"Cousin Sally Dilliard" by Hamilton C. Jones (c. 1830)

Scene: A court ofjustice in North Carolina.

A beardless disciple of Themis arises, and thus addressed the court.

"May it please Your Worship, and you, Gentlemen of the jury, since it has been my fortune (good or bad I will not say) to exercise myself in legal disquisition, it has never befallen me to be obliged to prosecute so direful, marked and malicious an assault- a more wilful, violent, dangerous battery- and finally a more diabolical breach of the peace, has seldom happened in a civilized country; and I dare say it has seldom been your duty to pass upon one so shocking to benevolent feelings, as this which took place at Captain Rice's, in this country. But you will hear from the witnesses."

The witnesses being sworn, two or three were examined and deposed. One said that he heard the noise and did not see the fight; another that he seen the row but didn't know who struck first; and a third, that he was very drunk and couldn't say much about the scrimmage.

Lawyer Chops: "I am sorry, gentlemen, to have occupied your time with the stupidity of the witnesses examined. It arises, gentlemen, altogether from misapprehension on my part. Had I known, as I now do, that I had a witness in attendance who was well acquainted with all the circumstances of the case, and who was able to make himself clearly understood by the court and jury, I should not so long have trespassed upon our time and patience. Come forward, Mr. Harris, and be sworn I " So forward comes the witness, a fat, shuffly old man, a little corned, and took his oath with an air.

Chops: "Harris, we wish you to tell all about the riot that happened the other day at Captain Rice's; and as a good deal of time has already been wasted in circumlocution, we wish you to be compendious, and at the same time as explicit as possible."

Harris: "Adzactly," giving the lawyer a knowing wink and at the same time clearing his throat. "Captain Rice, he gin a treat; and cousin Sally Dilliard, she came over to my house and axed me if my wife she couldn't go. I told cousin Sally Dilliard that my wife was poorly, being as how she had a touch of the rheumatics in the hip, and the big swamp was in the road, and the big swamp was up, for there had been a heap of rain lately. But howsomever, as it was she, cousin Sally Dilliard, my wife she mout go. Well, cousin Sally Dilliard then axed me if Mose he moutn't go. I told cousin Sally Dilliard that he was the foreman of the crop, and the crop was smartly in the grass; but howsomever as it was she, cousin Sally Dilliard, Mose he mout go-"

Chops: "In the name of common sense, Mr. Harris, what do you mean by this rigmarole?"

Witness: "Captain Rice, he gin a treat, and cousin Sally Dilliard she came over to our house and axed if my wife she moutn't go. I told cousin Sally Dilliard-"

Chops: "Stop, sir, if you please; we don't want to hear anything about your cousin Sally Dilliard and your wife. Tell us about the fight at Rice's."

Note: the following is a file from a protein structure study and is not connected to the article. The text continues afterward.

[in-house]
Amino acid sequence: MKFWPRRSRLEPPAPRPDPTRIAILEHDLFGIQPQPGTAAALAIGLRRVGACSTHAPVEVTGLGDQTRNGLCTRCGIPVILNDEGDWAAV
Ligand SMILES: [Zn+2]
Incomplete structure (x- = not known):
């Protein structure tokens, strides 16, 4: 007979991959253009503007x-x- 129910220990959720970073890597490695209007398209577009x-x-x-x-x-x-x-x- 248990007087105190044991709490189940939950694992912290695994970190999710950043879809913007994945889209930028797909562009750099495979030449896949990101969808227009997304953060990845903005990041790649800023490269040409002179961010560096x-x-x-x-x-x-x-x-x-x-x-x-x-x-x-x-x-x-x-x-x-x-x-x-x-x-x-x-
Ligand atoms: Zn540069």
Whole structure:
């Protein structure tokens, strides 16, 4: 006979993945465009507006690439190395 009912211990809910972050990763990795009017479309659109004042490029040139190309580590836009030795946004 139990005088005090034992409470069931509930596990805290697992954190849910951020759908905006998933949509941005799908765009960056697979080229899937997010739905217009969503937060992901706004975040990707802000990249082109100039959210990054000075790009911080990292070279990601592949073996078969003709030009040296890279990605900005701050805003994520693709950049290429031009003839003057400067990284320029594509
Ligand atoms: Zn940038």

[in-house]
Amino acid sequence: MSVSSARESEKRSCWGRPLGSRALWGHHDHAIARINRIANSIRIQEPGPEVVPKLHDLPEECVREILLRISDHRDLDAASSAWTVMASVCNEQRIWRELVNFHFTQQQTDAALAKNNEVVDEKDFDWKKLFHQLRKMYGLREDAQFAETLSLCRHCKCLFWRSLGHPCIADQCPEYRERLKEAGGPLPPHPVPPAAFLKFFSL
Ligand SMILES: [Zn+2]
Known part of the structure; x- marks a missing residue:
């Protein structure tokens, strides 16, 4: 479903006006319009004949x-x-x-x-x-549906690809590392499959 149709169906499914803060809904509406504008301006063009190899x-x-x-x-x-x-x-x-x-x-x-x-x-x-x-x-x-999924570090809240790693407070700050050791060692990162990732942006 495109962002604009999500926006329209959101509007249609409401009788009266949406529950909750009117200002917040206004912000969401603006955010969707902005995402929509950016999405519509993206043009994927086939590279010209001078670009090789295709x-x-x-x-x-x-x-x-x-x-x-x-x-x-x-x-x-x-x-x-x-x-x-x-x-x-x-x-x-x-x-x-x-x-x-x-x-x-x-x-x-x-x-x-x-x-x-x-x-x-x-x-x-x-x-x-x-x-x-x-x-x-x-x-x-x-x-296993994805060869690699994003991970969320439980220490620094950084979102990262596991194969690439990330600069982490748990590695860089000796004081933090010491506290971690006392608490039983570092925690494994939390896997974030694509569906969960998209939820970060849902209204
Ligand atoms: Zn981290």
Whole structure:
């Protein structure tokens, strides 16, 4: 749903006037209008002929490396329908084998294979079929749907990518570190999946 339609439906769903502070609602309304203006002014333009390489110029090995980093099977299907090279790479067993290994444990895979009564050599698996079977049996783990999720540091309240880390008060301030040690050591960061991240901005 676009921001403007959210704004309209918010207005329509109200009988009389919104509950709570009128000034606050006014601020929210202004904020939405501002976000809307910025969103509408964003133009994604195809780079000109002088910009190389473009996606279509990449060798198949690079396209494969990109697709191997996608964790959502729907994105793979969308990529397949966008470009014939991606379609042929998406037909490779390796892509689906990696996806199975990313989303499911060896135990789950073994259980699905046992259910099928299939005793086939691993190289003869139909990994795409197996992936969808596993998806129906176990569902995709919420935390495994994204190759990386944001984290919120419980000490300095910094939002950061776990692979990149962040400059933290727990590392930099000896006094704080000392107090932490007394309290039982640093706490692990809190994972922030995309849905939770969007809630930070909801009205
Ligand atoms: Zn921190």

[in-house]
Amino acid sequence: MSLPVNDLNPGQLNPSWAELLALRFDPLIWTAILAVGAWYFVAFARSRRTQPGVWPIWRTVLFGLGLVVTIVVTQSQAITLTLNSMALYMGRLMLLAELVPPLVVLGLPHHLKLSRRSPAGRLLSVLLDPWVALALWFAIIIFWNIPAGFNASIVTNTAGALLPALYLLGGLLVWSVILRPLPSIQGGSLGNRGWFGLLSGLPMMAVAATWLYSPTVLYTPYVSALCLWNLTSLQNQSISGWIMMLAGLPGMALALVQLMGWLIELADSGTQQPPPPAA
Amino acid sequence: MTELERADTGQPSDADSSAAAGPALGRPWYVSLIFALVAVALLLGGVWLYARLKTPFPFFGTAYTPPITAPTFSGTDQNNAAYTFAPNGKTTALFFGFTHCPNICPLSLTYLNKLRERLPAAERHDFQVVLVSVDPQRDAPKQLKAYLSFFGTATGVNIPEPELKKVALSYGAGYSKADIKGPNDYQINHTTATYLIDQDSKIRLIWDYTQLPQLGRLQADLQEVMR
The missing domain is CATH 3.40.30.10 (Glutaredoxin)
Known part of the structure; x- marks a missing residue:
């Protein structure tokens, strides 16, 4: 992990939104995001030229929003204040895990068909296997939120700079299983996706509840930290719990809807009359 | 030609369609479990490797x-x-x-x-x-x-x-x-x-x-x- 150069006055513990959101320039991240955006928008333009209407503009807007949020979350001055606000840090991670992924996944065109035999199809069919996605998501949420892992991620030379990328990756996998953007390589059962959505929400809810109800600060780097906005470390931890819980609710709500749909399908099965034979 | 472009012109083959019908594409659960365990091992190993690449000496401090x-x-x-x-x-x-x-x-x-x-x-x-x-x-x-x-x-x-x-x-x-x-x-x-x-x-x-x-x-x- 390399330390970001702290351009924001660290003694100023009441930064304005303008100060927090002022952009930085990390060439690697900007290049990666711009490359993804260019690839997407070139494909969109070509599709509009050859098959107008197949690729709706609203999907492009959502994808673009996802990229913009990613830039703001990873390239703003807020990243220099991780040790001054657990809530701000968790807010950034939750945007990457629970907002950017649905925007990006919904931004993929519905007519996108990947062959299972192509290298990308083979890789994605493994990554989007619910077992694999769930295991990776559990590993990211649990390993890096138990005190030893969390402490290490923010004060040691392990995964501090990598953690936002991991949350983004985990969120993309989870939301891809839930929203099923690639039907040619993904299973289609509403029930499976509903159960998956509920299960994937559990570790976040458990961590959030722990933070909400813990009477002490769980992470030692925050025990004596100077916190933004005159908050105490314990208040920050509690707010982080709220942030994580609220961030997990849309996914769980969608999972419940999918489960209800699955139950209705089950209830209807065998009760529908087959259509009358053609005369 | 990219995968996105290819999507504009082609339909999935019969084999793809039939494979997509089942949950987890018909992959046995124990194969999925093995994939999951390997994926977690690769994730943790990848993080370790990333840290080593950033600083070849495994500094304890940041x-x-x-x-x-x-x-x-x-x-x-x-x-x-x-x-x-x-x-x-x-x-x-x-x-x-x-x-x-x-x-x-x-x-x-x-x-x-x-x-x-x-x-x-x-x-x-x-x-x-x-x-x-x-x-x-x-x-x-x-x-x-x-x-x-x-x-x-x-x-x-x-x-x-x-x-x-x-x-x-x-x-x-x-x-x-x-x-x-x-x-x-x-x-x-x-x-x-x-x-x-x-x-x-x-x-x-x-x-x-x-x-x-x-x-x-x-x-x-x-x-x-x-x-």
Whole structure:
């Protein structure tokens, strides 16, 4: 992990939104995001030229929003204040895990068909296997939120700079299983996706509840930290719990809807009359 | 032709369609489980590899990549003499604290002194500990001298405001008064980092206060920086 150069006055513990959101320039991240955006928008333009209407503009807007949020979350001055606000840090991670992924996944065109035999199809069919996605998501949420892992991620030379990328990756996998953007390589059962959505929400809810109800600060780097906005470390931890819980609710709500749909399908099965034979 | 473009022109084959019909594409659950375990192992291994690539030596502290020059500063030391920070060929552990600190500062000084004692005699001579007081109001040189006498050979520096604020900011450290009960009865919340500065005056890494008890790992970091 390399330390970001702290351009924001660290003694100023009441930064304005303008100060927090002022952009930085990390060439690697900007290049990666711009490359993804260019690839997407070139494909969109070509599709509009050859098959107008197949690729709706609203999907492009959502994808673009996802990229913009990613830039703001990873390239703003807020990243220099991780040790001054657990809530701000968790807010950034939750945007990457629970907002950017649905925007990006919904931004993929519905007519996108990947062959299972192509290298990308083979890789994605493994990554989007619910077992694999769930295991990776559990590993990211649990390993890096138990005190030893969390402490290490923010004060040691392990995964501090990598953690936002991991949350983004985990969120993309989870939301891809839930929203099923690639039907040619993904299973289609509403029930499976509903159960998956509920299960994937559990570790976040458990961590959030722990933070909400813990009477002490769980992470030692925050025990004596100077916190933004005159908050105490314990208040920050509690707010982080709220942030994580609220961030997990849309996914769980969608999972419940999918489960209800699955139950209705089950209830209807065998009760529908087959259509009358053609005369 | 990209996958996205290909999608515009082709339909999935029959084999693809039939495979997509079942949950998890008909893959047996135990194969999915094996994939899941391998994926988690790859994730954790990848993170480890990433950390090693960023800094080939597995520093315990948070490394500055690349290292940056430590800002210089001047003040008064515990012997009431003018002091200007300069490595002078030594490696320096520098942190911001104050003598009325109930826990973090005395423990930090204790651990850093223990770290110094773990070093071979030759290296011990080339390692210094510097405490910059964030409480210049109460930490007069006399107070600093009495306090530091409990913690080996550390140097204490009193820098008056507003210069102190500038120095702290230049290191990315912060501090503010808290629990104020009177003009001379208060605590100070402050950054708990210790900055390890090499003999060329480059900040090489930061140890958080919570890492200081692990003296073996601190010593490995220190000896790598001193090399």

Witness: "Well, I will, sir, if you will let me."

Chops: "Well, sir, go on."

Witness: '"Well, sir, Captain Rice he gin a treat, and cousin Sally Dilliard she came over to my house, and axed me if my wife she moutn't go-"

Chops: "There it is again. Witness, please to stop."

Witness: "Well, sir, what do you want?"

Chops: "We want to know about the fight, and you must not proceed in this impertinent story. Do you know anything about the matter before the court?"

Witness: "To be sure I do."

Chops: "Well, go on and tell it, and nothing else."

Witness: "Well, Captain Rice, he gin a treat-"

Chops: "This is intolerable. May it please the Court; I move that this witness be committed for a contempt; he seems to be trifling with this case."

Court: "Witness, you are now before a court of justice, and unless you behave yourself in a more becoming manner, you will be sent to jail. So begin and tell us what you know about the fight at Captain Rice's."

Witness (alarmed): 'Vell, gentlemen, Captain Rice, he gin a treat, and cousin Sally Dilliard-"

Chops: "I hope the witness may be ordered into custody."

Court (after deliberating): "Mr. Attorney, the Court is of the opinion that we may save time by telling witness to go on in his own way. Proceed, Mr. Harris, with your story, but stick to the point."

Witness: "Yes, gentlemen. Well, Captain Rice he gin a treat, and cousin Sally Dilliard she came over to our house and axed me if my wife she mout go. I told cousin Sally Dilliard that my wife she was poorly, being as how she had the rheumatics in the hip, and the big swamp was up, but howsomever, as it was she cousin Sally Dilliard, my wife she mout go. Well, cousin Sally Dilliard then axed me if Mose he moutn't go. I told cousin Sally Dilliard as how Mose-he was foreman of the crop, and the crop was smartly in the grass, but howsomever, as it was she, cousin Sally Dilliard, Mose he mout go. So they goes on together-Mose, my wife, and cousin Sally Dilliard-and they come to the big swamp, and it was up, as I was telling you. But being as how there was a log across the big swamp, cousin Sally Dilliard and Mose, like genteel folks, they walked across the log; but my wife, like a darned fool, hoisted her skirts and waded through. And that's all I know about the fight."